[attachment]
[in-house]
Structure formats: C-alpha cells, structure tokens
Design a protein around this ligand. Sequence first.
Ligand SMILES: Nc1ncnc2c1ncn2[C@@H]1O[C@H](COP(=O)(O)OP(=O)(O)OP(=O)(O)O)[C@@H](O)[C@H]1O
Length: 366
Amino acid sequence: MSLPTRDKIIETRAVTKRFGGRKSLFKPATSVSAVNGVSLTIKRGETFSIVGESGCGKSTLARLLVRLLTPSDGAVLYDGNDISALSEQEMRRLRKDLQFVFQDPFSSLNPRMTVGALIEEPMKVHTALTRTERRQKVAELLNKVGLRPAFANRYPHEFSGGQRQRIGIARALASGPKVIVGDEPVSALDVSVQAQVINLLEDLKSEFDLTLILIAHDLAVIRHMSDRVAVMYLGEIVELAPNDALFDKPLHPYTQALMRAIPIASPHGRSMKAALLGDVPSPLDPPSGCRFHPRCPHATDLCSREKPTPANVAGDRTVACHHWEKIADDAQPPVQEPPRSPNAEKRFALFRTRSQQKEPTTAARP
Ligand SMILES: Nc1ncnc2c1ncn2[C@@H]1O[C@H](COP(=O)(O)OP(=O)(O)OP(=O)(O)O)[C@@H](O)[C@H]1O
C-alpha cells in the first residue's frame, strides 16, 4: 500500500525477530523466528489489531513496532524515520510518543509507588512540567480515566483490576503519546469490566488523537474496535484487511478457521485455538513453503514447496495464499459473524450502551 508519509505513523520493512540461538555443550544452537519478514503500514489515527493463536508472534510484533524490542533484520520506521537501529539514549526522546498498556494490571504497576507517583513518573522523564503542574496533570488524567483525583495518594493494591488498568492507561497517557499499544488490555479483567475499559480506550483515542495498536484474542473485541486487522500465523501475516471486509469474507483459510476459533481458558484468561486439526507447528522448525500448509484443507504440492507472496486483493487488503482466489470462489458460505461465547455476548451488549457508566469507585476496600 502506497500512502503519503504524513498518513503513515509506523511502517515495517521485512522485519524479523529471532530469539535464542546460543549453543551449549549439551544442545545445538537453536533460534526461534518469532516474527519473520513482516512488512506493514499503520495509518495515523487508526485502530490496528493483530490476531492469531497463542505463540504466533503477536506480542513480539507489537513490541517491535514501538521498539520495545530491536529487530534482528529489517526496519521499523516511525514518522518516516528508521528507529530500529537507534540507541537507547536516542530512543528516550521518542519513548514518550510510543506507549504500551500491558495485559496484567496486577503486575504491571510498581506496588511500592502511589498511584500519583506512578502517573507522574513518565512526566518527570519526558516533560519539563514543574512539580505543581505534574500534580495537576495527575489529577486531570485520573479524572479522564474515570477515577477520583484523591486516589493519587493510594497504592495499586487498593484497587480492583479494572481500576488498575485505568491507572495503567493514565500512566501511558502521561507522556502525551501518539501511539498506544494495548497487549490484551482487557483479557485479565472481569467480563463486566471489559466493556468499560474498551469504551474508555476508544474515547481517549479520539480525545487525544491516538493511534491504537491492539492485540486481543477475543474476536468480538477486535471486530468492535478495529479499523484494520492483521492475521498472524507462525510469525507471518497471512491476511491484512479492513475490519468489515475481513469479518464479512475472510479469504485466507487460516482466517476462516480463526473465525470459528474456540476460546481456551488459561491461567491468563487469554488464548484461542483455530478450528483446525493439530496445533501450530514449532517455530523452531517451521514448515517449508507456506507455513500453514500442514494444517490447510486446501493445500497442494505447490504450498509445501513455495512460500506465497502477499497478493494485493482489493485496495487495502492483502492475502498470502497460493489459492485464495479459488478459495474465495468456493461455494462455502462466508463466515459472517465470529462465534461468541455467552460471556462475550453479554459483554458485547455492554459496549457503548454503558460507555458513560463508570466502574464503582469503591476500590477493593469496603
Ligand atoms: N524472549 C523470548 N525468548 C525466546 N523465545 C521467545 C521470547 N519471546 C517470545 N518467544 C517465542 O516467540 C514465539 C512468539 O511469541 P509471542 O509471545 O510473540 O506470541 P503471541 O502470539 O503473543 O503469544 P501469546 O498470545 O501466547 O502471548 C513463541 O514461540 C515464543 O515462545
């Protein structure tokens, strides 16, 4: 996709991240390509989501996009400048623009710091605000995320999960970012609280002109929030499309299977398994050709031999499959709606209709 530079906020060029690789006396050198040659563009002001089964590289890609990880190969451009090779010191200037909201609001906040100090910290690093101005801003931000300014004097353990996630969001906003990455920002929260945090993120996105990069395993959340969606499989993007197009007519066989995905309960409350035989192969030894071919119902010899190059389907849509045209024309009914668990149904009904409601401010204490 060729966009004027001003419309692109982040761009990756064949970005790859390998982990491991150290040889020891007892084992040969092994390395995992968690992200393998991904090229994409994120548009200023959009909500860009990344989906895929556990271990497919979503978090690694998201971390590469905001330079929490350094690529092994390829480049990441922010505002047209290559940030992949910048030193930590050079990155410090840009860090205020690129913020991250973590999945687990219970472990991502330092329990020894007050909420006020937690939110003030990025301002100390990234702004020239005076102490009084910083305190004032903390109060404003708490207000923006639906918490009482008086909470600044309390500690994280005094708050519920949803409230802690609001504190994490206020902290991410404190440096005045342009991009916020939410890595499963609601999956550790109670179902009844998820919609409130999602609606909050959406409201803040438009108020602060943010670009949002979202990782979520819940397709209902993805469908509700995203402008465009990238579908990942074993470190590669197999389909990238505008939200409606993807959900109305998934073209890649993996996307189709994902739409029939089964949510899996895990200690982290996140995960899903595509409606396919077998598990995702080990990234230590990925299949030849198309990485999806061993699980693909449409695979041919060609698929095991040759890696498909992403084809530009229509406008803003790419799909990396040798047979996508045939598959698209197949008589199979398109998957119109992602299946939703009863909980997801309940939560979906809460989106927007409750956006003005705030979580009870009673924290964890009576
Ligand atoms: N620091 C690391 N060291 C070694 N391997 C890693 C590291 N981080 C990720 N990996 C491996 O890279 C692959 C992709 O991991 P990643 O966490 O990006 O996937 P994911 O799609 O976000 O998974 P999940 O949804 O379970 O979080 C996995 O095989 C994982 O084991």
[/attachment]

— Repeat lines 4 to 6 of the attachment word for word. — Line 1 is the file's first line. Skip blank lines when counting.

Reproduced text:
Ligand SMILES: Nc1ncnc2c1ncn2[C@@H]1O[C@H](COP(=O)(O)OP(=O)(O)OP(=O)(O)O)[C@@H](O)[C@H]1O
Length: 366
Amino acid sequence: MSLPTRDKIIETRAVTKRFGGRKSLFKPATSVSAVNGVSLTIKRGETFSIVGESGCGKSTLARLLVRLLTPSDGAVLYDGNDISALSEQEMRRLRKDLQFVFQDPFSSLNPRMTVGALIEEPMKVHTALTRTERRQKVAELLNKVGLRPAFANRYPHEFSGGQRQRIGIARALASGPKVIVGDEPVSALDVSVQAQVINLLEDLKSEFDLTLILIAHDLAVIRHMSDRVAVMYLGEIVELAPNDALFDKPLHPYTQALMRAIPIASPHGRSMKAALLGDVPSPLDPPSGCRFHPRCPHATDLCSREKPTPANVAGDRTVACHHWEKIADDAQPPVQEPPRSPNAEKRFALFRTRSQQKEPTTAARP